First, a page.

In the last year or so, we at River Pools and Spas have done more paver patios than ever before with our fiberglass pool installations. With their elegant look, customized design, plus the fact that they never crack, pavers are becoming more and more popular as a patio choice amongst swimming pool consumers.
Let me just say...if you’re reading this article, it’s pretty safe to say you have good taste. How do I know? Because if you’re researching pool coping, you already know you want something special. Am I right?
Don't blindly wonder if a fiberglass, concrete, or vinyl liner pool is right for you. Our educational ebook does a deep-dive comparison of the 3 types, all while noting the advantages and disadvantages of each.
One of the most under-utilized options for fiberglass pools (in my opinion) is the coping material. Many people assume that cantilevered concrete coping is the only alternative…simply not so. The purpose of this article is to outline the two most popular types of coping on fiberglass pools (at least in our area). These are paver coping, or what could be considered brick coping, and cantilevered concrete coping. We’ll look at the advantages and disadvantages of each.
Although there are certainly many ways to dress up an inground swimming pool, I wanted to write a brief list showing 11 things (just about all of which are shown in the video) you may consider to dress up the overall appearance of your backyard ‘poolscape’. Keep in mind that as you read the following ideas they are just that—ideas, and by no means a requisite to having a beautiful pool in your backyard. As I always say, it’s better to have a pool in your backyard without all the options you wanted, than it is to have a beautiful pool with every option you ever dreamed of...in your head…and not in your backyard.
If you want a crash course on the finer details of a fiberglass pool installation then you've come to the right place. Contained in this article are points of a fiberglass pool project that are NOT frequently covered on the internet, or possibly even in your backyard with your contractor, but are absolutely essential to a successful installation. These are the things you absolutely should know before the first piece of equipment shows up.
One of the biggest debates that pool shoppers have during the process of building their swimming pool is which type of concrete to use for their patio. There are many, many types of patios that can go around a swimming pool: brushed concrete, stamped concrete, pavers, stone, brick, overlays, etc. This article will solely focus on helping you to understand the pros and cons to brushed (aka broomed) vs. stamped. By so doing, you will be able to make the best choice for you and your family.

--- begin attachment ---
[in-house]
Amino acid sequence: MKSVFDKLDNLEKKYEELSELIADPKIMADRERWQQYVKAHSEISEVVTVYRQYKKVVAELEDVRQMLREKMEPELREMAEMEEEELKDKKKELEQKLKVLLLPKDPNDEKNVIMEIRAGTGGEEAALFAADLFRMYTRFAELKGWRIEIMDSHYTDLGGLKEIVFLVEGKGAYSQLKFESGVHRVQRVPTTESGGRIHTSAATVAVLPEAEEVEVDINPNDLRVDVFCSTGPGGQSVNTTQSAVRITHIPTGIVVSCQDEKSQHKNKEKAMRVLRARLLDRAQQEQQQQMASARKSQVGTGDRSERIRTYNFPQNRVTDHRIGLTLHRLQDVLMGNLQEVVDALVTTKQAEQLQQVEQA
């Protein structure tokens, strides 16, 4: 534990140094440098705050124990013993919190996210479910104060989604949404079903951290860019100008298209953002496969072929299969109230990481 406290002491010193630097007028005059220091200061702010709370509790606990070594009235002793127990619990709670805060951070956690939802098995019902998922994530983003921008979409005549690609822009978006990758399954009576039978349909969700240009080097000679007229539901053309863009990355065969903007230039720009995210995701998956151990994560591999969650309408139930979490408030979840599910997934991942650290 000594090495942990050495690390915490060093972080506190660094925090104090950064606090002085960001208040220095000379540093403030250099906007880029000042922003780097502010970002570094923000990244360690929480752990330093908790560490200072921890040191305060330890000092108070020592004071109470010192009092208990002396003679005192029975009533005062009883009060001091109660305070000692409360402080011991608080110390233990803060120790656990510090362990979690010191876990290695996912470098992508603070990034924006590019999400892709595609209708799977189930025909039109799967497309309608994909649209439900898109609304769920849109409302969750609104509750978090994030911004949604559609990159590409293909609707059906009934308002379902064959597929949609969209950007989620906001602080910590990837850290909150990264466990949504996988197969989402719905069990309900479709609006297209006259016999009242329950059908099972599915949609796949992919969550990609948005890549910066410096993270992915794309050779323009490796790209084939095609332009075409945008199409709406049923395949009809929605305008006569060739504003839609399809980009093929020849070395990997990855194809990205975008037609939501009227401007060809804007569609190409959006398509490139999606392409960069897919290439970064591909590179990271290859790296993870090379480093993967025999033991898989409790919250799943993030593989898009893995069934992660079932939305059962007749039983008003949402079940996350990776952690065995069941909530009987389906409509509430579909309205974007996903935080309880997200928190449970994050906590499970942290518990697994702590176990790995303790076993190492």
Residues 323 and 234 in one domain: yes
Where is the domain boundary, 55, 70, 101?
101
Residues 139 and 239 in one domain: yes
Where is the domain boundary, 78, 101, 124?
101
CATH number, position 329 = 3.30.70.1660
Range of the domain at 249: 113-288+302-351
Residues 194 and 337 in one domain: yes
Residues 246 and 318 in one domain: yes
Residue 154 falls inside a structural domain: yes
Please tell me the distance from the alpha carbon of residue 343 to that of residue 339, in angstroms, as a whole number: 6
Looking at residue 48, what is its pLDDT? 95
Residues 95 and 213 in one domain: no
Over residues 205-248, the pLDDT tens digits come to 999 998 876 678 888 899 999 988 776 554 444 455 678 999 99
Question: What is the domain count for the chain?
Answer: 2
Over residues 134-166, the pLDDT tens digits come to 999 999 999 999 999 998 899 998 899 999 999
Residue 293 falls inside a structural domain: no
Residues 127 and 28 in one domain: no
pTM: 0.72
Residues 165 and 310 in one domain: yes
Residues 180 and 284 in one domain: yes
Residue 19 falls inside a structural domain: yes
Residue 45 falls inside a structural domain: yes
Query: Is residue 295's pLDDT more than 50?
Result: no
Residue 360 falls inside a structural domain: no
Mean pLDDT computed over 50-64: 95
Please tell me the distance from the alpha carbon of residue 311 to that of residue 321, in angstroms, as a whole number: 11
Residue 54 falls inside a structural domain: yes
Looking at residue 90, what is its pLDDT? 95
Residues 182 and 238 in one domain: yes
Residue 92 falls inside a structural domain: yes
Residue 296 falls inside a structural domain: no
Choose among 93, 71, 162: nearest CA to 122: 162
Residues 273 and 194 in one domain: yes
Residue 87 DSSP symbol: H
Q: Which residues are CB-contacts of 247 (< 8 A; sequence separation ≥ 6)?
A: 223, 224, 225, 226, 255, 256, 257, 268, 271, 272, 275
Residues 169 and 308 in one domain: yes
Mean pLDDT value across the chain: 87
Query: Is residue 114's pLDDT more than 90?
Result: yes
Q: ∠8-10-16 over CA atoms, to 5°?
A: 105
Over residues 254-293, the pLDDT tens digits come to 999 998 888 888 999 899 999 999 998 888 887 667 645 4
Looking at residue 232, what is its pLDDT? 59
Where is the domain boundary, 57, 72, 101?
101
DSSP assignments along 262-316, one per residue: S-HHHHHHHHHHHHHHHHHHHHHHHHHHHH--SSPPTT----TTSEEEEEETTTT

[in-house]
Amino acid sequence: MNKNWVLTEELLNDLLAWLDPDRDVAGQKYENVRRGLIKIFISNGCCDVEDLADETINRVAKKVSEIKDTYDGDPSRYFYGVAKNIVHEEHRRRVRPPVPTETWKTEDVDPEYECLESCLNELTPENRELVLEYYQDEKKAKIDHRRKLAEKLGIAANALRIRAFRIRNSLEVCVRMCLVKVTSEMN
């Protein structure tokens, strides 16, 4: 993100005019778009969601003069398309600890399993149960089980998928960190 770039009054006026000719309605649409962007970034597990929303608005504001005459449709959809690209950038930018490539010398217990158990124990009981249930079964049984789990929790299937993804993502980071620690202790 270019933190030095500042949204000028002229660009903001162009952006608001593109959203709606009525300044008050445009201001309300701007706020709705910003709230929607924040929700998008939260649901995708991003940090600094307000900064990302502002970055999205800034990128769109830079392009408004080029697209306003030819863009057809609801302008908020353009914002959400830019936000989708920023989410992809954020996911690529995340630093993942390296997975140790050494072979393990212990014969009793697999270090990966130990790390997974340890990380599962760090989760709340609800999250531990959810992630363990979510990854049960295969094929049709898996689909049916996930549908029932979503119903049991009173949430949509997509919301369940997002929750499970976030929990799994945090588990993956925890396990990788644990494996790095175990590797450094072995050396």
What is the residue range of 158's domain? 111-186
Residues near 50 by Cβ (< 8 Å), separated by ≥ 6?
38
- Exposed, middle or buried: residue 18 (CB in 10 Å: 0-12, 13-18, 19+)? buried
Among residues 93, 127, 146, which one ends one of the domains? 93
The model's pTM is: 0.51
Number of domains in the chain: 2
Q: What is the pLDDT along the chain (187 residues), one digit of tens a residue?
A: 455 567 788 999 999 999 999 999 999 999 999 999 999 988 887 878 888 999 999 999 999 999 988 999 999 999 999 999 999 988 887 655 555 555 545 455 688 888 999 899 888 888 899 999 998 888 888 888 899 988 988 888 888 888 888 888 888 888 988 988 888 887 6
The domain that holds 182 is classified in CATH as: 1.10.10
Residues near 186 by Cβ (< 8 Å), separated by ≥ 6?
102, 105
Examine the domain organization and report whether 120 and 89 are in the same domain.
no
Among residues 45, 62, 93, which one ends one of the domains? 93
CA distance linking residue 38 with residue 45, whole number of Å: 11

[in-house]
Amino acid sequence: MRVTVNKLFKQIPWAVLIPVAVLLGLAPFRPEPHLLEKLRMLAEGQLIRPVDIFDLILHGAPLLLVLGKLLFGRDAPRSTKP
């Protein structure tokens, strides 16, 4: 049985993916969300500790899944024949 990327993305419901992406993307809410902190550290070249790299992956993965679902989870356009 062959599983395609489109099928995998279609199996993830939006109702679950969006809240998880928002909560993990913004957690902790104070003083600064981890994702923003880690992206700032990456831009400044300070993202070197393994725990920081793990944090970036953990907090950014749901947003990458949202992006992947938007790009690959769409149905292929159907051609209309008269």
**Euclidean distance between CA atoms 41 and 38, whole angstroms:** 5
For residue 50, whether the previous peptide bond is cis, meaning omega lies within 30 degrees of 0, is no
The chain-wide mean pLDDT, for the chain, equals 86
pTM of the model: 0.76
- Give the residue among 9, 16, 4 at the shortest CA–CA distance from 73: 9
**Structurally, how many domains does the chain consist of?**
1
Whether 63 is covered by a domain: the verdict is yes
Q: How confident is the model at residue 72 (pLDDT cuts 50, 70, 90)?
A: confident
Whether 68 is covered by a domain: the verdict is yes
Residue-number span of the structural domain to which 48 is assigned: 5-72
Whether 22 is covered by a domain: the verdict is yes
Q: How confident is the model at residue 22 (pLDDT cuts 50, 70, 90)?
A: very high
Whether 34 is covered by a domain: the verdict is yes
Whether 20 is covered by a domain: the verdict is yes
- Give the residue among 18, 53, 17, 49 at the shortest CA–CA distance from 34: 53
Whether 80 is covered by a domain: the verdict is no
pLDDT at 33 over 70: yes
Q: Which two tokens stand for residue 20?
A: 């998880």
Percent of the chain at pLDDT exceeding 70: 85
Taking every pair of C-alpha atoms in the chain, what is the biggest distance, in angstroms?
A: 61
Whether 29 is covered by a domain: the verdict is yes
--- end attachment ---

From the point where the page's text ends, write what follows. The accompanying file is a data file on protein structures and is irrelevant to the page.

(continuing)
One of the biggest factors in the success of a fiberglass pool project is the proper forming and pouring of the concrete patio. The absolute best way to achieve maximum structural integrity, as well as aesthetics, is to use cantilever forms. But as we've talked about many times in this blog, the reality is that many fiberglass pool builders have not yet fully grasped this construction technique.
Okay, so the economy is back on track and everyone seems to be flourishing. This doesn't change the fact that just about every pool shopper has a budget. As a pool guy, I get this. And that's what this article is all about. I've personally assisted over 1200 people in their inground pool purchase. The concept of meeting a budget but also being happy with one's decisions can be a fine balance. To start you off, our cost and pricing guide for inground swimming pools compares the pricing for concrete, vinyl liner, and fiberglass pools. On top of that, I have 5 suggestions for how you can stay within your pool budget. How to save money with your swimming pool purchase in 2019 Wait on the heater Add more patio later Size isn't everything Plumb for the slide or water feature Install the cover at the end of the season
Vinyl liner swimming pools make up a significant portion of the swimming pool market in the United States, with a very large majority built in the Northeastern segment of the country. Often when someone is considering the purchase of such a pool, they are confronted with a few important decisions regarding some potential issues and problems that come with this structure. This article will explain some of these issues as well as the corresponding remedies.